Patience is part of any scenic/landscape photographer’s tool kit. And anyone that has accompanied me knows that I don’t become annoyed or anxious if I have to wait.

On this outing as I waited for over a half and hour for a fellow poking a stick into the water moving dirt, then digging with his hands and sifting though the particles. I never talked to him. I was up along the rocks for wide shots and he was perched on rocks near the falls. I assume he was hoping to find gold in the streambed.

He was finding small bits of something because he kept putting his findings in his shirt pocket. I have never searched for gold along that creek, but I have noticed a lot of iron pyrite clusters glowing in the shallow water. Maybe “fools gold” was what he wanted. Or, who knows, maybe he actually was finding something valuable.

To me the value I find in that canyon stream is the photographs I get to make.

Thoughts about Neutral Density Filters for Photography

Chase falls in August

Cool waters

White water

A neutral density filter is a clear, colourless, filter that reduces the intensity of all wavelengths, or colours of light, equally. It is usually a colorless (gray) filter that reduces the amount of light entering the lens. A photographer can select exposure combinations that would otherwise produce overexposed pictures. Using a ND filter allows a photographer to achieve a very shallow depth of field, or motion blur.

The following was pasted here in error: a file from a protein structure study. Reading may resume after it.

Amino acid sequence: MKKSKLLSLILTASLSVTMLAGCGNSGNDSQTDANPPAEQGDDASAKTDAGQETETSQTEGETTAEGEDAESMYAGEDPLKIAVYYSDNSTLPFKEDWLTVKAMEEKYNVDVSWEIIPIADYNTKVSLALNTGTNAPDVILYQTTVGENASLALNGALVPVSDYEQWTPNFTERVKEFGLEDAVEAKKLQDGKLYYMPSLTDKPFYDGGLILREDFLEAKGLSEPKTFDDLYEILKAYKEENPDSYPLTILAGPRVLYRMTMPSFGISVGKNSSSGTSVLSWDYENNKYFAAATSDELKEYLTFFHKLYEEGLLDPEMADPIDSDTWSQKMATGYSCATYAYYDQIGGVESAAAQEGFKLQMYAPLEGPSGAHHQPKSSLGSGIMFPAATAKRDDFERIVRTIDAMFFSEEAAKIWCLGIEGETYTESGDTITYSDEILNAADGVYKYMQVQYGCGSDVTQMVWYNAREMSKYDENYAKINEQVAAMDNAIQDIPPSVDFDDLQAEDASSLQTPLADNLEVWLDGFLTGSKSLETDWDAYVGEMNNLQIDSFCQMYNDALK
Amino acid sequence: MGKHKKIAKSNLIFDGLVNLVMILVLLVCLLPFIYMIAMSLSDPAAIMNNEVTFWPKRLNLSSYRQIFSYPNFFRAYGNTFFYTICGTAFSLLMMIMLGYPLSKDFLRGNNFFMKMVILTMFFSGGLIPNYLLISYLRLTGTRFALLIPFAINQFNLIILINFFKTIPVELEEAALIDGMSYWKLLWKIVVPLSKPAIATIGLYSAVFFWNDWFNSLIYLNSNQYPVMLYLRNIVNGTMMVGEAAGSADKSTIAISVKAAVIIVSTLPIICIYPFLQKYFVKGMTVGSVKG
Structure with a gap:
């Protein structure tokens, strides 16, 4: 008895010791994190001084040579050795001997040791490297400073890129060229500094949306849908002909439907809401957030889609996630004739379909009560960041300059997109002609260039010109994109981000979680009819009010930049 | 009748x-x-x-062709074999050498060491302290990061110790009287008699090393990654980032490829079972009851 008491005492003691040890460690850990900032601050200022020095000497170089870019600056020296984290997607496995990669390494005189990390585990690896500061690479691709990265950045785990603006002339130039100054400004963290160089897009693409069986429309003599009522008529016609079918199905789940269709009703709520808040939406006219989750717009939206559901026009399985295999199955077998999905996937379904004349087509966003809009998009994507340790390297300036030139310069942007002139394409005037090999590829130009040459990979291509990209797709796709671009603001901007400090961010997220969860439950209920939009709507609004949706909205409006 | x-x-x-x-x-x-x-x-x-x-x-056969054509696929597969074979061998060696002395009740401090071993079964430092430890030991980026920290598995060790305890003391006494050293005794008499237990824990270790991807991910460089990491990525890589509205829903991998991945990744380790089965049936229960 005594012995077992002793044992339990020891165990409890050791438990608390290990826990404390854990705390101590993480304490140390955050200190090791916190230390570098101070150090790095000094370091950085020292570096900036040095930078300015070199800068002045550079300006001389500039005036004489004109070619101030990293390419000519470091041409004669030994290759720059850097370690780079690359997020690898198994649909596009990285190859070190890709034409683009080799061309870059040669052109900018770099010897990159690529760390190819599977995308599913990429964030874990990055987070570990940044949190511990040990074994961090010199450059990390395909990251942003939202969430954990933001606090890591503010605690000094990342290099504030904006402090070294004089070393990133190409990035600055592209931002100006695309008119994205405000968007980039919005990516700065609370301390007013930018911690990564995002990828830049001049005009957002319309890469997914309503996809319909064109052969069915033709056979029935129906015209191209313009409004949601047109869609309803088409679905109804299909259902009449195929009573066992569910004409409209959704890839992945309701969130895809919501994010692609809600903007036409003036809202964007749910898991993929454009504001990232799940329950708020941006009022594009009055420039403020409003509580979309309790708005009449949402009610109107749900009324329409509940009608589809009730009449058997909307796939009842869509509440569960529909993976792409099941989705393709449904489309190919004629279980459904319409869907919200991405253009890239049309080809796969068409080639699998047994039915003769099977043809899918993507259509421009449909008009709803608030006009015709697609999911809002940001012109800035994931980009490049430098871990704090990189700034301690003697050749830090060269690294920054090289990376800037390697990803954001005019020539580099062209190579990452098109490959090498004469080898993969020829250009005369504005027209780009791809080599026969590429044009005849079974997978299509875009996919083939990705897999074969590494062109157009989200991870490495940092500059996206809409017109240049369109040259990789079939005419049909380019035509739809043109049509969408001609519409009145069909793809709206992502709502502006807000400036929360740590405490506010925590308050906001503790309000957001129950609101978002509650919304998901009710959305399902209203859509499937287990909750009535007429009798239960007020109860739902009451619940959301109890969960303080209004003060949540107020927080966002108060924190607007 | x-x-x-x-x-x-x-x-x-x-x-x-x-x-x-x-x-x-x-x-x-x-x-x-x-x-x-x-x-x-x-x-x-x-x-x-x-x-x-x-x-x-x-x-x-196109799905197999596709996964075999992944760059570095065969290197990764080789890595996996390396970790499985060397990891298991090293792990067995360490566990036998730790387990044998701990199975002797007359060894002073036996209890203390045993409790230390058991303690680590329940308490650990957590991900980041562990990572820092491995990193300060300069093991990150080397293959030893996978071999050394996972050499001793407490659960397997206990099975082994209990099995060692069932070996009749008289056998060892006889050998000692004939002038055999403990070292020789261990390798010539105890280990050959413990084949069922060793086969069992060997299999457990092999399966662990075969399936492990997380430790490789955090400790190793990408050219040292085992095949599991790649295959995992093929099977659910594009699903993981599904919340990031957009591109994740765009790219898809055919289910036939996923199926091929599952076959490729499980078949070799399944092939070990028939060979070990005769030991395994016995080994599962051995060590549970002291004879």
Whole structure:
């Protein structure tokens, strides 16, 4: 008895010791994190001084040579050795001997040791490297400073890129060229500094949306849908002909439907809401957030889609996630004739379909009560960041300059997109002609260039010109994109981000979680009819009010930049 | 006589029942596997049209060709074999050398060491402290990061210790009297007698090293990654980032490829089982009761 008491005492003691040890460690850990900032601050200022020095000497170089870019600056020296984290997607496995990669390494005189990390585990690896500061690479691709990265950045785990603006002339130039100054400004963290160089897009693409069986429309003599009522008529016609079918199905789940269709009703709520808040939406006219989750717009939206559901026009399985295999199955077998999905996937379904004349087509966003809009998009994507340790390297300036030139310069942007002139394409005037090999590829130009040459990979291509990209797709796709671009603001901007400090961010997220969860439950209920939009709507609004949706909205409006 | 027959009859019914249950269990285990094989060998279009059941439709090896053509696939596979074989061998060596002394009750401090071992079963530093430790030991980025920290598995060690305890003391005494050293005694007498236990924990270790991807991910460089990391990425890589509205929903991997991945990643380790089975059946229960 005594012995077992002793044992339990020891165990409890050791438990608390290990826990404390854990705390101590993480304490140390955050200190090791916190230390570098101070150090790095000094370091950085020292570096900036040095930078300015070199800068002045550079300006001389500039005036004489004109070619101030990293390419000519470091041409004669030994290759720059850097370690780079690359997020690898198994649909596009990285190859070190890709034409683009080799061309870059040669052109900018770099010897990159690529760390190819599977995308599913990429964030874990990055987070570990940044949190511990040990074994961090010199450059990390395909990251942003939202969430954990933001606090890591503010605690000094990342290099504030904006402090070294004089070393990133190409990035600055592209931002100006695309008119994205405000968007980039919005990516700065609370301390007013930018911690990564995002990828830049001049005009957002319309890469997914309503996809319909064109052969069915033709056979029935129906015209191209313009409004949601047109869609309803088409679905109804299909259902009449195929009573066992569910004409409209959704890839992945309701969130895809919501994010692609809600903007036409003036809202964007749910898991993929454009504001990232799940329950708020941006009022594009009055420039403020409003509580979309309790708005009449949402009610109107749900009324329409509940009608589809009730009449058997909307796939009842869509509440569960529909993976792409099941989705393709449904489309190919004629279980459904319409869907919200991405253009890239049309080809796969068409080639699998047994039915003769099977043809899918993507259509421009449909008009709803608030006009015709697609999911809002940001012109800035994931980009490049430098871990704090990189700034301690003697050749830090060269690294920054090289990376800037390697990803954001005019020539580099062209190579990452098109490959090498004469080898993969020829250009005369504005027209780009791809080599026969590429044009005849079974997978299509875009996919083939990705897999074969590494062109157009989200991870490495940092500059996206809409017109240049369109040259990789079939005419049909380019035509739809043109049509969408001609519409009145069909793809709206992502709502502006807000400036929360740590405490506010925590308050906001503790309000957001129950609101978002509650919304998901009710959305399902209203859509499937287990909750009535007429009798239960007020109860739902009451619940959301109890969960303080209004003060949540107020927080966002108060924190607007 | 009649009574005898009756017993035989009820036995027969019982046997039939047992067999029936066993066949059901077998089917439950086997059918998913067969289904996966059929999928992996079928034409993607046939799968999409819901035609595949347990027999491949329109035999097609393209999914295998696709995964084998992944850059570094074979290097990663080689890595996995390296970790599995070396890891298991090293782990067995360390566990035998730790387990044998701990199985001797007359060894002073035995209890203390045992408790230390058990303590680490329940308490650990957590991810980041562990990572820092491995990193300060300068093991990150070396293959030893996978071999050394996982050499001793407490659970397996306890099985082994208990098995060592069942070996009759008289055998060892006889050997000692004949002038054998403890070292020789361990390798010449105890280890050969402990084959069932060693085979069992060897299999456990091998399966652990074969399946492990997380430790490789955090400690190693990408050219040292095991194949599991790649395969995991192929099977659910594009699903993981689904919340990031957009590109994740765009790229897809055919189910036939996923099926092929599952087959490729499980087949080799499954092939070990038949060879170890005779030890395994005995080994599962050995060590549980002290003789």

I’ll begin by saying quality ND filters have always been expensive. During the days of film, the exposure you made was the exposure you got. And when one used colour film one didn’t get a second chance if there was a colour shift, usually a purple cast, with less expensive filters. Some cheap filters weren’t all that sharp either.

I thought about that when during a workshop the leader loaned me a couple Lee filters (over a hundred dollars each) to try on long exposures of the waterfall we were photographing. He indicated if I were to order through him I could get a discount.

I’d already spent a bundle on costs including travel and lodging, and owned ND filters that worked well so I passed on the deal and came home thinking about maybe a future purchase.

My memory of ND filter problems were from the time of film. Film has a permanence that data files created in our modern digital camera don’t have.